The Cafes seems to be off and running. There were a few initial glitches that I have now cleaned up. Today’s project is to make the staging server work enough like the production server that I can use it for testing and debugging without affecting the production server. Yesterday I got stymied by a slight difference in how the PHP engines were configured. (The staging server didn’t have libtidy support that the site relies on heavily.)
At least three people tried to post with fictional or nospam e-mail addresses. Sorry. That won’t work. Anonymous posters are not supported. You must supply a valid e-mail address at least once to post, and it will be verified. It’s sad, but the biggest issue that has been raised most consistently by users is an unwillingness to provide an e-mail address due to fear of spam and worm droppings. While I hate spam as much as the next person, I am loathe to break a useful feature like mailto links just to avoid spambots. It’s the wrong solution to the problem. I am a big fan of spam filters including realtime black hole lists. If you’re not using them, you should be. If your ISP isn’t using them, you should find a new ISP. But in the meantime, I do wonder if there might be a middle ground that confuses spambots, Microsoft worms, and other venomous spiders without putting any noticeable roadbloacks in the path of legitimate users.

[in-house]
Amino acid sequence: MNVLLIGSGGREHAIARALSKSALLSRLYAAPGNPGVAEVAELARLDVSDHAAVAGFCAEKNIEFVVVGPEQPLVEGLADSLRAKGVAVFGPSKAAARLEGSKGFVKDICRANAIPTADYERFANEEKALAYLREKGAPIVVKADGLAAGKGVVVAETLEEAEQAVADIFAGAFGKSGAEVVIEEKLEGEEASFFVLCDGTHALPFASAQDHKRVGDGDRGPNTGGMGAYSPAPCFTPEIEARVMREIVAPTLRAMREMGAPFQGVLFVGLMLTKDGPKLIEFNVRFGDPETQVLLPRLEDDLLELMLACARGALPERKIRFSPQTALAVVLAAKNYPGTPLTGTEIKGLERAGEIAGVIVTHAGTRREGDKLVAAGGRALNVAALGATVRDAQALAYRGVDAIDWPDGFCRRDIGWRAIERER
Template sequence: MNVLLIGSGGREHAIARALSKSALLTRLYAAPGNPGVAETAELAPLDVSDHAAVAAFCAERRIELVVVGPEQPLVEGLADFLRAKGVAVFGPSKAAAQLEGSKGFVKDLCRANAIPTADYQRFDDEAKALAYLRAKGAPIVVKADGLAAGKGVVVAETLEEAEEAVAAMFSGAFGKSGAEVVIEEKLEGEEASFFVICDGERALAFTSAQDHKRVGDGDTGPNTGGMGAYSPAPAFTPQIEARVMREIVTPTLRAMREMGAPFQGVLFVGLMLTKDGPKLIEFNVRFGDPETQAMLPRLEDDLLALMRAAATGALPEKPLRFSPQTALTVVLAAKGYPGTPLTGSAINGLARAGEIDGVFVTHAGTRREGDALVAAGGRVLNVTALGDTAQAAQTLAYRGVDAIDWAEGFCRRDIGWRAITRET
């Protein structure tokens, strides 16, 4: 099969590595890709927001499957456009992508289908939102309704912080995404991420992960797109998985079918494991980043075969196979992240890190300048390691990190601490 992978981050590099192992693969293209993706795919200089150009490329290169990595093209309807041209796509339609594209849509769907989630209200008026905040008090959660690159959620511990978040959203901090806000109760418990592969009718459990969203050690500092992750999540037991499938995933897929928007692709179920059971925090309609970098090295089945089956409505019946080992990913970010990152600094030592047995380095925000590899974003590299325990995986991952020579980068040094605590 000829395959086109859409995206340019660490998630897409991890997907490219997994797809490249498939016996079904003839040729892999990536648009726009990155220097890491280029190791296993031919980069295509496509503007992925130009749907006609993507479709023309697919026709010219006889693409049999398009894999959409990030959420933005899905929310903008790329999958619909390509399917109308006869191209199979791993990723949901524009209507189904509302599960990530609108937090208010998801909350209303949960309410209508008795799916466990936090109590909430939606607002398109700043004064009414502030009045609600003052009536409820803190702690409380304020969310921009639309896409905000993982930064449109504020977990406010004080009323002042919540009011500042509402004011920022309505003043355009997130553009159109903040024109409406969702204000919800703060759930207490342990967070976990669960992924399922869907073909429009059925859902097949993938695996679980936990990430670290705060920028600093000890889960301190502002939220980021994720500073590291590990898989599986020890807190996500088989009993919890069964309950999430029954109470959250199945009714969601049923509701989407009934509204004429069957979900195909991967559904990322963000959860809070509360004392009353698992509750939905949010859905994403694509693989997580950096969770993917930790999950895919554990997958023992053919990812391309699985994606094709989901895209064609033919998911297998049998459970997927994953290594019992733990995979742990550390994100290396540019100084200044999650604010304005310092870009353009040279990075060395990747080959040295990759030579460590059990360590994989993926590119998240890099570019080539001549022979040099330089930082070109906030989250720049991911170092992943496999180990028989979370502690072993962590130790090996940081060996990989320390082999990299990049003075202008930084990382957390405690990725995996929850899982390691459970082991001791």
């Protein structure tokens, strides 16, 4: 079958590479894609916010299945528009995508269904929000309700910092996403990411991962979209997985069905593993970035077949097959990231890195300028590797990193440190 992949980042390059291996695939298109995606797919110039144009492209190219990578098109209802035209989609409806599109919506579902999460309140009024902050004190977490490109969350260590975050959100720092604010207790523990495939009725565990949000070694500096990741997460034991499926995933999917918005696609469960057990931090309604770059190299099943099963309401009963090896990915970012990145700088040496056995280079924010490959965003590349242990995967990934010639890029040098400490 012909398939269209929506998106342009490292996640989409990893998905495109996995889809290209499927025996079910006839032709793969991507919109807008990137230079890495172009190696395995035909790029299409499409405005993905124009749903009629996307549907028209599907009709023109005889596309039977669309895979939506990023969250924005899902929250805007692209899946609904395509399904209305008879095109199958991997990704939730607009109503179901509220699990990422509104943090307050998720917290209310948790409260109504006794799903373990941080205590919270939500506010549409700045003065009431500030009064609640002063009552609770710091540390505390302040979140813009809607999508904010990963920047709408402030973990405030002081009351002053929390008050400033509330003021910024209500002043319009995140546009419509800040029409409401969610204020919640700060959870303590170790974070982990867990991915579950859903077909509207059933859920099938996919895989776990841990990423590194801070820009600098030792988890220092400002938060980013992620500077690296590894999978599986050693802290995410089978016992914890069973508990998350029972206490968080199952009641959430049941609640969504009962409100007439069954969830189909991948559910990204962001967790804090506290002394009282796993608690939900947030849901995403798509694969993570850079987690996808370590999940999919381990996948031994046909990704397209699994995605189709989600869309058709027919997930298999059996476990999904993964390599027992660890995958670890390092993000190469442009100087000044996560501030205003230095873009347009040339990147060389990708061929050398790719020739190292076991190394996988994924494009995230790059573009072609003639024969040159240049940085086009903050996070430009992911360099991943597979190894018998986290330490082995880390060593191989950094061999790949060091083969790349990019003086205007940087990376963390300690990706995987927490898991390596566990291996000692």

Possibly you could use Paul Tyma’s Mailinator, though I’ve never once gotten that to actually deliver me a message. (OK, I have to update that: I just tried a test post, and it did indeed get through.) But I’d really rather you not. Discussions are more productive and interesting when the posters aren’t anonymous. If Mailinator or similar one time services are abused, I’ll seriously consider dumping comments from those addresses.
All messages sent from this site are addressed from me personally, firstname.lastname@example.org, at least for now. This means that if you use a challenge-response system and you’ve added me to your whitelist or if I’m in a good mood, you might be able to use that to prevent spam. (When I’m not in a good mood, I tend to delete challenges without responding. Alex, if you haven’t heard from me in a while, guess why. ) I think Bruce Eckel managed to get subscribed this way.
I wonder what would happen if I used some advanced features of XHTML for the content? I haven’t seen anyone do this before. Let’s try it out. First, here’s a a mailto link that uses numeric character references:
I made it a mailinator link so everyone can login and see if the mail gets through. My guess is this will block some spambots that use grep, but others are known to use HTML parsers, and those wouldn’t be fooled.
Here’s another idea: what if we used XHTML with an unusual prefix. Try this one out:
I suspect this is going to break a few browsers though. Mozilla can handle it, but only if the document is served as application/xhtml+xml. Safari and Internet Explorer can’t pick it up, so that one’s probably a non-starter.
Anybody have any other suggestions? I suppose I should put a few of these up on a honeypot page, point them at a real address, and see what happens.